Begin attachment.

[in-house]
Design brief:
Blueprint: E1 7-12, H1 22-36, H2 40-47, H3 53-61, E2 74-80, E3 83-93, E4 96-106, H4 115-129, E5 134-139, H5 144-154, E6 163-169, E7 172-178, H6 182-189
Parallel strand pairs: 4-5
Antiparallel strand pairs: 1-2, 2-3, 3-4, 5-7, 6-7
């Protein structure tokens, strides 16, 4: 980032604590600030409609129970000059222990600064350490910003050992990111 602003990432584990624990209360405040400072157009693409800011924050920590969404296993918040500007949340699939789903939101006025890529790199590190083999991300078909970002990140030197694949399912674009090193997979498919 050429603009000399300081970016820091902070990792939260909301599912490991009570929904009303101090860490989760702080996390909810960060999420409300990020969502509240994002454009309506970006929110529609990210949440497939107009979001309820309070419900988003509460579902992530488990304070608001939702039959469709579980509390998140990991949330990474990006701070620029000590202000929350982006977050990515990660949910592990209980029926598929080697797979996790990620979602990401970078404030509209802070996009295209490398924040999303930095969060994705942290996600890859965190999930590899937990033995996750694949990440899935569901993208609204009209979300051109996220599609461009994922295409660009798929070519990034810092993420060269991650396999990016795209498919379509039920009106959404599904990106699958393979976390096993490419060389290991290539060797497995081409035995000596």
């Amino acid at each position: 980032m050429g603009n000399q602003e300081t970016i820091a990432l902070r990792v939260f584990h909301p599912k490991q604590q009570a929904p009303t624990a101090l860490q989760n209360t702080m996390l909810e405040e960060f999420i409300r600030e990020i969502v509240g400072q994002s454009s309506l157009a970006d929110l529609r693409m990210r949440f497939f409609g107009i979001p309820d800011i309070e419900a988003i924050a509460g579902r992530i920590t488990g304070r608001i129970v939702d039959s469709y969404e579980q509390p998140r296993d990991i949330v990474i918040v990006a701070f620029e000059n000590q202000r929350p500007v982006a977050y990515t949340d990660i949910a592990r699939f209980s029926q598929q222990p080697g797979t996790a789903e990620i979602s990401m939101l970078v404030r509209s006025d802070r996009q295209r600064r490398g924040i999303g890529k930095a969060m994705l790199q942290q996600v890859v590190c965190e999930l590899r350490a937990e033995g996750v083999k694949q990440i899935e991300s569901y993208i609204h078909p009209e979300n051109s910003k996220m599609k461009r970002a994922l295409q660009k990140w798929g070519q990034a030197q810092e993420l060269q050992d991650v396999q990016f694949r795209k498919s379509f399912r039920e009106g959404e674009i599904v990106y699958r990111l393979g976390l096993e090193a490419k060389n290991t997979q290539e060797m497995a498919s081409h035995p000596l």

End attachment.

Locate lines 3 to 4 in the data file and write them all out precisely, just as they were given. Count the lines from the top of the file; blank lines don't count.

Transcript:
Blueprint: E1 7-12, H1 22-36, H2 40-47, H3 53-61, E2 74-80, E3 83-93, E4 96-106, H4 115-129, E5 134-139, H5 144-154, E6 163-169, E7 172-178, H6 182-189
Parallel strand pairs: 4-5